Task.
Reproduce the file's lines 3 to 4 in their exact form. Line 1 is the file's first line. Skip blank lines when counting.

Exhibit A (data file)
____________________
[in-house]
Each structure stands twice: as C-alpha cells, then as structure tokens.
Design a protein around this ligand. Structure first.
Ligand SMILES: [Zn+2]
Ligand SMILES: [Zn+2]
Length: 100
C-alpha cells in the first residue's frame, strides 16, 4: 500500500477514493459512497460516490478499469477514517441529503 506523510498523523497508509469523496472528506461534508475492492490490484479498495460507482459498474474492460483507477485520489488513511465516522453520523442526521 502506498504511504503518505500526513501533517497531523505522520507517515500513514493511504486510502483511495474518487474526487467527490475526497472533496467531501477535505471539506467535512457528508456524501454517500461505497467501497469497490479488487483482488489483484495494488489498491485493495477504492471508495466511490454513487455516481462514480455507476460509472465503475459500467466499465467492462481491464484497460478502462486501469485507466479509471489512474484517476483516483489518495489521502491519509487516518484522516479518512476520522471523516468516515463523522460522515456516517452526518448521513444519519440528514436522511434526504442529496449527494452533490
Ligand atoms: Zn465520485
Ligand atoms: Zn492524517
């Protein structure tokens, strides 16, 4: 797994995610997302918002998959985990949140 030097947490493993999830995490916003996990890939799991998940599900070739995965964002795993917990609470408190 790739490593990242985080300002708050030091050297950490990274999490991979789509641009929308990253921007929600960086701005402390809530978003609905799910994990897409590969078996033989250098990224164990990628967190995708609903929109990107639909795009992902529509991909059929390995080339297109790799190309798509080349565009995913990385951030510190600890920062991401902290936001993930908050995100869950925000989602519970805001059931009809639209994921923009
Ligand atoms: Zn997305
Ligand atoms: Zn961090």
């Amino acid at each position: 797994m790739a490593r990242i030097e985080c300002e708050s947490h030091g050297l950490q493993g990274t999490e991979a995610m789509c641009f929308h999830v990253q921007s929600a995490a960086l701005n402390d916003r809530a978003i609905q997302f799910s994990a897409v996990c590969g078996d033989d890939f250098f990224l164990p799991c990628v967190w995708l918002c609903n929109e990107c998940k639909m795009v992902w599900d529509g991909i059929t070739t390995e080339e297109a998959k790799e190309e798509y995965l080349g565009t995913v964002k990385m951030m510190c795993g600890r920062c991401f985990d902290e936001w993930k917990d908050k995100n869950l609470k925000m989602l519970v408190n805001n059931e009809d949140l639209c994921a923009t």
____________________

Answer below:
Design a protein around this ligand. Structure first.
Ligand SMILES: [Zn+2]